C-BISCUIT: System Integration and Testing

Finally, we have everything we need for a functional robot. Let’s put the pieces together and see what the C-BISCUIT demo bot can do.

The C-BISCUIT Series

  1. C-BISCUIT: A Robotics Platform for the Hacker and Hobbyist
  2. C-BISCUIT: Design Choices and Justification
  3. C-BISCUIT Power: 5V 3A Buck Regulator for Wandboard
  4. C-BISCUIT Power: Crowbar Protection Circuit for 5V Regulator
  5. C-BISCUIT: The Brains of the Operation
  6. C-BISCUIT Power: Assembly and Testing of Regulator and Crowbar Circuits
  7. C-BISCUIT: Monitoring Your Robot’s Health
  8. C-BISCUIT: Robot System Architecture
  9. C-BISCUIT: Schematic Design for the RCB—Microcontroller, Motor Controller
  10. C-BISCUIT: Schematic Design for the RCB—Power, Stepper
  11. C-BISCUIT: Layout and Assembly for the Robot Control Board
  12. C-BISCUIT: System Integration and Testing


Supporting Information

  • StackExchange thread on how to successfully use the UART on the Raspberry Pi 3 (it’s not as simple as you might think)

Out with the Wand, In with the Pi

Electronics projects, like so many other things in life, don’t always work out the way we expect. This has definitely been the case with the C-BISCUIT demo bot, which has taken a few twists and turns on its way to becoming a functional system. And the biggest twist/turn of all happened at the end, when we decided to eliminate the Wandboard and replace it with a Raspberry Pi 3.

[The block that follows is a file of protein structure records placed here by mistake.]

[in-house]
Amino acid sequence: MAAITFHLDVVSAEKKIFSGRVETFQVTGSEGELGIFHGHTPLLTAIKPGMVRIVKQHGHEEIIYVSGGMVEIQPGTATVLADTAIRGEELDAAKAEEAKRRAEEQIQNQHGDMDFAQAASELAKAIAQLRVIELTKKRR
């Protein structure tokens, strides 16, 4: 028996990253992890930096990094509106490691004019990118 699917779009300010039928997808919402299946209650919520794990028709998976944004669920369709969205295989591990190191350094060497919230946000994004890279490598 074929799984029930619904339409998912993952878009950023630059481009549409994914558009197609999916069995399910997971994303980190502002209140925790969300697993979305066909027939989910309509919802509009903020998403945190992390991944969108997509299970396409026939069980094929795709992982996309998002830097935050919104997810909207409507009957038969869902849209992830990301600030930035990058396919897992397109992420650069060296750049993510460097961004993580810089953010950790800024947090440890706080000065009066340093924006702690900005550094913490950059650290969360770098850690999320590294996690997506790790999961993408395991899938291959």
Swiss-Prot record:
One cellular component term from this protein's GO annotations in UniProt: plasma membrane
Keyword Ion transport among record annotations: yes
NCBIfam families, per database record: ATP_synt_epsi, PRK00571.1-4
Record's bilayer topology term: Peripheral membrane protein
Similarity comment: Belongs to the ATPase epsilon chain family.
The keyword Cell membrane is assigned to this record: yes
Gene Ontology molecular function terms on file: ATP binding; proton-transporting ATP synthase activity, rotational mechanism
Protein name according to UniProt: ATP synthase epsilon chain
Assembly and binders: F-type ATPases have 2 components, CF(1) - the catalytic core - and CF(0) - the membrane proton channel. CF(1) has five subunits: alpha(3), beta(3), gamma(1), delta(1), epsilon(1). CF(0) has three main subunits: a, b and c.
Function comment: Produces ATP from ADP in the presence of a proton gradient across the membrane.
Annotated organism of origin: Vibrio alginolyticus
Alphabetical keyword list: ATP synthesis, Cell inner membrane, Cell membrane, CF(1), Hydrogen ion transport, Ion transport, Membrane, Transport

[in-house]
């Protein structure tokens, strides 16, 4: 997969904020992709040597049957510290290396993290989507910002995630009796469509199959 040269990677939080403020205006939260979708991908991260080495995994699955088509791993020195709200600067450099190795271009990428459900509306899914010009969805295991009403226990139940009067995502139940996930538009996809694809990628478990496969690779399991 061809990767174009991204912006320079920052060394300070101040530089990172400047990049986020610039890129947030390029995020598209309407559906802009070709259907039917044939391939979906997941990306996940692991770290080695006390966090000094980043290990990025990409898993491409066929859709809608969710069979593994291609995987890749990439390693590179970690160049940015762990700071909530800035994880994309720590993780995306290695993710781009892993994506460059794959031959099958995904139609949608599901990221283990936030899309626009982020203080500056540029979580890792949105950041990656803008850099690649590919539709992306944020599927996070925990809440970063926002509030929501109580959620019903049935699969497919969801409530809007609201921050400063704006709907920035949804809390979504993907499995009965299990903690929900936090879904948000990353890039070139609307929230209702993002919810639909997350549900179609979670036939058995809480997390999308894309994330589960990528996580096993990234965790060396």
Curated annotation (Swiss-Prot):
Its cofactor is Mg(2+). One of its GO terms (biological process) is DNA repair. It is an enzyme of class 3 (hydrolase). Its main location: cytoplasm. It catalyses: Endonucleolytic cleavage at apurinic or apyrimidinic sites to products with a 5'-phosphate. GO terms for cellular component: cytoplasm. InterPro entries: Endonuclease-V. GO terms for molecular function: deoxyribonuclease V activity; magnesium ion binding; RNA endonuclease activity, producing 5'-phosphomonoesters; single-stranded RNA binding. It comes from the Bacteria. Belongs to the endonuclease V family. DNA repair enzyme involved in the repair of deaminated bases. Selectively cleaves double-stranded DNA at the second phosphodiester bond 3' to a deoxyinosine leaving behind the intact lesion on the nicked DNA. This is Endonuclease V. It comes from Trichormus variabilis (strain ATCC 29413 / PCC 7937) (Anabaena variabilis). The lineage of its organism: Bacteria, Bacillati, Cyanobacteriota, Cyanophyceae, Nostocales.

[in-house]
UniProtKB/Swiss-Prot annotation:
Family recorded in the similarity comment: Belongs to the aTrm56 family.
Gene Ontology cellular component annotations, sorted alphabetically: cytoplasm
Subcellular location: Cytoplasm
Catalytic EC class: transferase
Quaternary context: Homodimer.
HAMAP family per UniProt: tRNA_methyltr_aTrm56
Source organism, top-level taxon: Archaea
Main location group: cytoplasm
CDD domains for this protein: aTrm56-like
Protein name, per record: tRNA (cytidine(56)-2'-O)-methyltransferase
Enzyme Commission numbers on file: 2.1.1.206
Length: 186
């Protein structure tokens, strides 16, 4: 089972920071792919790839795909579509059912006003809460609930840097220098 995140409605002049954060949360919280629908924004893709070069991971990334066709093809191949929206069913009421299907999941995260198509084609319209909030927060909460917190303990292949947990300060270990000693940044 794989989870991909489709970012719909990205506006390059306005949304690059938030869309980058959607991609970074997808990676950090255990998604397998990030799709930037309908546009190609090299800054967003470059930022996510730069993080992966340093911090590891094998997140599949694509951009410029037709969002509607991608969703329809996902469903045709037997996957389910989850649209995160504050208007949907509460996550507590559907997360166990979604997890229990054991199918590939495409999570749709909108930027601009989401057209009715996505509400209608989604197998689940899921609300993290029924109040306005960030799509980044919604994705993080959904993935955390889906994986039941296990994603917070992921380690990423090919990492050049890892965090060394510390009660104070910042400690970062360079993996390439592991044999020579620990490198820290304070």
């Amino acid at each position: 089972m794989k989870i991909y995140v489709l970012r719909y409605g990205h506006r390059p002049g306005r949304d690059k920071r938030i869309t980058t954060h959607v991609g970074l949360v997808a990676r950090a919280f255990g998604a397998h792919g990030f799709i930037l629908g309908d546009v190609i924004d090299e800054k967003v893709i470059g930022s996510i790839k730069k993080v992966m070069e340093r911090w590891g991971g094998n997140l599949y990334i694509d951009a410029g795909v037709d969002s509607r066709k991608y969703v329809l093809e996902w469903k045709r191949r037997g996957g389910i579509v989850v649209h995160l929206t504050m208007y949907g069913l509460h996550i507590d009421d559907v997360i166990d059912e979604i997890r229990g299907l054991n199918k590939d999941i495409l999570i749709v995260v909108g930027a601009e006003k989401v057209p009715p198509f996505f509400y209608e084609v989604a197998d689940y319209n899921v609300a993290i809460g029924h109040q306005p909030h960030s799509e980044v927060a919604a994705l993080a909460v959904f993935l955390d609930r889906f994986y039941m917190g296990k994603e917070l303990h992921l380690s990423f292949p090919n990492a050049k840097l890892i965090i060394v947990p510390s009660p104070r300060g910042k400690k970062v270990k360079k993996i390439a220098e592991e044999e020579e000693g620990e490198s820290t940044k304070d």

The dominant reason for this change was quite simple—the Wandboard had become an obstacle to our primary design goal, namely, transmitting live video from the robot to a computer via Wi-Fi. No one on the C-BISCUIT team knew exactly how to accomplish this after our initial attempt failed. It was one of those situations where we expected the third-party software environment to handle the details of the video transmission and, when it became clear that this was not exactly the case—well, let’s just say that the Wandboard quickly fell out of favor.

Fortunately, Patrick came up with the excellent idea of shelving the Wandboard and using a Raspberry Pi instead. This also meant using the Raspberry Pi Camera instead of the WandCam, because of course we cannot expect a Wandboard camera to seamlessly interface to a Raspberry Pi (and seamless is what we want here—maybe there’s some way to make a WandCam talk to a Pi, but we’d much rather pay another $30 for a camera that just works).


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About The Author

Ibrar Ayyub

I am an experienced technical writer holding a Master's degree in computer science from BZU Multan, Pakistan University. With a background spanning various industries, particularly in home automation and engineering, I have honed my skills in crafting clear and concise content. Proficient in leveraging infographics and diagrams, I strive to simplify complex concepts for readers. My strength lies in thorough research and presenting information in a structured and logical format.

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